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In Re Application of Aurand

OPINION FILED NOVEMBER 19, 1980.

IN RE APPLICATION OF DOUGLAS AURAND, WINNEBAGO COUNTY TREASURER. — (DOUGLAS AURAND ET AL., APPELLANTS,

v.

LAVERNE ANDERSON ET AL., APPELLEES.)



APPEAL from the Circuit Court of Winnebago County; the Hon. ALFORD R. PENNIMAN, Judge, presiding.

MR. JUSTICE UNVERZAGT DELIVERED THE OPINION OF THE COURT:

This is an appeal from the judgment of the trial court ordering refunds to taxpayers who made payment of their 1977 taxes under protest.

The background of the protests filed by some 2,000 taxpayers relative to about 3,600 parcels of real estate is as follows:

For the 1976 tax year the assessments turned in by the Winnebago township assessors were increased by the Winnebago County supervisor of assessments from the reported assessment level of 33 1/3% of fair cash value to 41.38%. This was in accordance with the board of review's interpretation of section 146 of the Revenue Act of 1939 (Ill. Rev. Stat. 1977, ch. 120, par. 627) which the board of review believed required it to equal the 1974 level of assessments for 1976 and 1977. That statute reads in pertinent part as follows:

"With the ratio so ascertained and determined for each county, the Department shall then ascertain the amount to be added to or deducted from the aggregate reviewed assessment on property subject to local assessment jurisdiction, other than property assessed pursuant to Section 20e of this Act, in order to produce a ratio of assessed to 33-1/3% of the fair cash value equivalent to 100%; Provided, (1) if the amount so ascertained for 1975, 1976 and 1977 results in a reduction of the aggregate reviewed assessment from the aggregate equalized assessed valuations for such county existing for the 1974 assessment year, the Department shall ascertain the amount to be added to or deducted from such aggregate reviewed assessment for 1975 and subsequent assessment years in order to produce an aggregate equalized assessed value equivalent to the aggregate equalized assessed value which existed for the 1974 assessment year, except that additions, deletions, depletions and assessment of omitted property in 1975 and succeeding assessment years shall be excluded in making such computation; and

(2) If a county had a ratio of equalized assessed to fair cash value under 33-1/3% for the single assessment year of 1973, the Department shall allow a gradual transition period of 3 years to raise such ratio to 33-1/3% for 1975 and each of the following 2 years, the ratio of assessed to 33-1/3% of fair cash value used by the Department in ascertaining the amount to be added to or deducted from such aggregate reviewed assessment for 1975, and for each of the following 2 years, shall each year be increased in percentage points by 1/3 of the difference between 33-1/3% and the ratio for the assessment year of 1973. For the assessment year 1977 and subsequent assessment years the ratio of equalized assessed to full fair cash value in each county shall be in the ratio of 33-1/3% of fair cash value."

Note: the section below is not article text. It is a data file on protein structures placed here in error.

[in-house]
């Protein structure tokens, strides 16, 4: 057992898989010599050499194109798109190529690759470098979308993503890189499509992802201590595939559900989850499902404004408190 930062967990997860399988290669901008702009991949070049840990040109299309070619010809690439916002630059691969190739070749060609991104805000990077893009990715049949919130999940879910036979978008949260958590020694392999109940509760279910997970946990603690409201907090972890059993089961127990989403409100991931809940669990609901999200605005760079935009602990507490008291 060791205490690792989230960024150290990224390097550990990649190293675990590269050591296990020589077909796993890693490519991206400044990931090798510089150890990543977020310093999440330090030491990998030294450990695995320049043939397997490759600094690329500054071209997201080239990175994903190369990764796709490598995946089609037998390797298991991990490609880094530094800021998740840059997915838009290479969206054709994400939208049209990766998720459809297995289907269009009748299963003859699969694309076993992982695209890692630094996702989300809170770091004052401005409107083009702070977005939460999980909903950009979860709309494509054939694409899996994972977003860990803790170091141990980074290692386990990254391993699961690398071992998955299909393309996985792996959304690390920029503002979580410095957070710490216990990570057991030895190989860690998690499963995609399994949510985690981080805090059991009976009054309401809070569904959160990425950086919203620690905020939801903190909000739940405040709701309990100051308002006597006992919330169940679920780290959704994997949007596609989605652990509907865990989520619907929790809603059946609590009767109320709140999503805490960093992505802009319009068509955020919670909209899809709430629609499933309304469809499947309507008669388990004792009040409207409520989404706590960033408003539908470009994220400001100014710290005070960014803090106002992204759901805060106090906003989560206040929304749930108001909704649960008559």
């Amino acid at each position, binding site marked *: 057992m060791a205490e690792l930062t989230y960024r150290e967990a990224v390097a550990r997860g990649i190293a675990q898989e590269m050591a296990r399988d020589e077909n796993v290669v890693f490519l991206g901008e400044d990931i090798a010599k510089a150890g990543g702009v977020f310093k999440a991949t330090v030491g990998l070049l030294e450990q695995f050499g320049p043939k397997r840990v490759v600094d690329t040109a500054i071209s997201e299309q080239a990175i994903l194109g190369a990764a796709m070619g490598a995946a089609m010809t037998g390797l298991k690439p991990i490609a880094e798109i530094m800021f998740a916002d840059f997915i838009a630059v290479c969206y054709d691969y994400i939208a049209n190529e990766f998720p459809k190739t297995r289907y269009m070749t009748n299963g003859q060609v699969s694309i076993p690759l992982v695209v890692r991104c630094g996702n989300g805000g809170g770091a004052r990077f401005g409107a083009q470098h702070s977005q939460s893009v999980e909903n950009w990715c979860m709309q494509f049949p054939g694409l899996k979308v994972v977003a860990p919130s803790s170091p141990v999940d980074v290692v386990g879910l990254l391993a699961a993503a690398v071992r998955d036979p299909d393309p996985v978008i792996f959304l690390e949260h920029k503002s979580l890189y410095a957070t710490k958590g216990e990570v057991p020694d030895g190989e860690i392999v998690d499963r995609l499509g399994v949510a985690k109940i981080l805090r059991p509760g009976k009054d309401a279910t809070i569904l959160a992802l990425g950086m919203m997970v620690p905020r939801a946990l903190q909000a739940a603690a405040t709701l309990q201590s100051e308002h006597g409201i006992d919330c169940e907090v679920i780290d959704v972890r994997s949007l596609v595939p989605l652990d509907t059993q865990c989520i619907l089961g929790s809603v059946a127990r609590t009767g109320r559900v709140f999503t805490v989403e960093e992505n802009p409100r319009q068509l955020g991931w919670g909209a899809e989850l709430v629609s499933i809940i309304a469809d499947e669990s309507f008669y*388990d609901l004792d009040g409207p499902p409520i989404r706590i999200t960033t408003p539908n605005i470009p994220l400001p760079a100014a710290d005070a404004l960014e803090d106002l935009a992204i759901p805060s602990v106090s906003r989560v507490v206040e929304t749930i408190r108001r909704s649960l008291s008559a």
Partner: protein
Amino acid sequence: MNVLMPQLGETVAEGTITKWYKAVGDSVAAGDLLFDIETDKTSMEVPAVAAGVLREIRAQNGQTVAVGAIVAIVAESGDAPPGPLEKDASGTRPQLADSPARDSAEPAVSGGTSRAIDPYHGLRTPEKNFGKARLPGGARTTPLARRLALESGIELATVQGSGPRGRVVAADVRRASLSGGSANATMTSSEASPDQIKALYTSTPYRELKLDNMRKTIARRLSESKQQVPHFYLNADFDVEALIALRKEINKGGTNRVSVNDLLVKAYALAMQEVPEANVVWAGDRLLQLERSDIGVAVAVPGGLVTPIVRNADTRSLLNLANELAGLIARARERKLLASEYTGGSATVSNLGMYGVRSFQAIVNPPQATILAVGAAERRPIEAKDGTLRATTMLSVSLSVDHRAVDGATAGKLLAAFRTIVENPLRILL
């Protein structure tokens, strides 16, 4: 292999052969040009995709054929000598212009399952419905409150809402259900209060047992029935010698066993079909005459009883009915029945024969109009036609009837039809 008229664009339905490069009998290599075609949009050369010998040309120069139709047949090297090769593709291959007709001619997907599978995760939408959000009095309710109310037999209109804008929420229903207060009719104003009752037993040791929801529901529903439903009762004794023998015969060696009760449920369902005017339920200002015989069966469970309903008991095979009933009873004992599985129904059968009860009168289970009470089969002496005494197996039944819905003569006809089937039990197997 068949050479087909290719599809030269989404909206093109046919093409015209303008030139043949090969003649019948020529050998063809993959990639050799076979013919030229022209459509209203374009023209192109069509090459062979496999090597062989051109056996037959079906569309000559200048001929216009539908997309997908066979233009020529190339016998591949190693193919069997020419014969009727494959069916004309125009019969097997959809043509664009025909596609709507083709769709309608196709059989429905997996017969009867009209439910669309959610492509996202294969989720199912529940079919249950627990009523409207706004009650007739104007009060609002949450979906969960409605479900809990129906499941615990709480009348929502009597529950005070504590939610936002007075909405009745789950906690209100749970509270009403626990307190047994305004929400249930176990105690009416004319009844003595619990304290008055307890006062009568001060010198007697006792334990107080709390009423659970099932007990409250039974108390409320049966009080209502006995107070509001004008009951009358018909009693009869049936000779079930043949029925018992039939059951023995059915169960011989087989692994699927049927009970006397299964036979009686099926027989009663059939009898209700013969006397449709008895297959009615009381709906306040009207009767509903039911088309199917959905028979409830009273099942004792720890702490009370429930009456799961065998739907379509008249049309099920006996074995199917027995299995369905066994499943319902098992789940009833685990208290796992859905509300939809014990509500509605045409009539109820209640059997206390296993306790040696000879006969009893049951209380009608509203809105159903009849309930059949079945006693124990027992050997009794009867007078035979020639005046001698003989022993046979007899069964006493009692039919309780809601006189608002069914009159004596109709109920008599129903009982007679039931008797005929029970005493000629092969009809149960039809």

The county superintendent of assessments, upon receipt of the township assessors' tax returns, determined that in order to bring the 1976 aggregate assessed valuation for the county up to the 1974 assessment valuation it was necessary to assess beyond the 33 1/3% of the actual fair value and he added a multiplier factor which raised the actual assessment of real estate in the county to 41.38% of actual fair value rather than 33 1/3%. It is indicated by references in the record before us that this increase resulted in litigation as to the 1976 taxes which was disposed of on a compromise basis by the county making certain refunds.

For the tax year 1977 (taxes payable in 1978), the township assessors assessed and returned their assessments to the superintendent of assessments on the basis of 33 1/3% of the fair cash value without, for the most part, including the 1976 multiplier. These assessments fell into three categories: (1) those assessments which were unchanged from the final 1976 board of review assessment figures; (2) those assessments from which the township assessors had removed the 1976 multiplier factor, and (3) those assessments in which the 1976 board of review multiplier factor had not been included but which had been subject to other increases or revisions based on the merits of the particular case. Upon receiving the figures from the township assessors, the supervisor of assessments added back into the assessments the 1976 multiplier factor where it had not been included by the township assessors, thus bringing the assessments again up to 41.38% of actual fair value.

This change in the township assessors' figures was made and the tax bills sent out without any notice to the taxpayers in those cases where the only change from the township assessors' figures was the addition of the multiplier factor. Certain taxpayers protested these 1977 bills, contending they were illegal because a change had been made in the township assessors' figures without notice to the taxpayers in violation of section 46 of the Revenue Act of 1939 and section 103 of the Act (Ill. Rev. Stat. 1977, ch. 120, pars. 527 and 584). All of the protests which were made solely on the ground that the assessments had been increased by applying the 1976 multiplier factor to the 1977 original assessment figures of the township assessors were routinely denied by the board of review.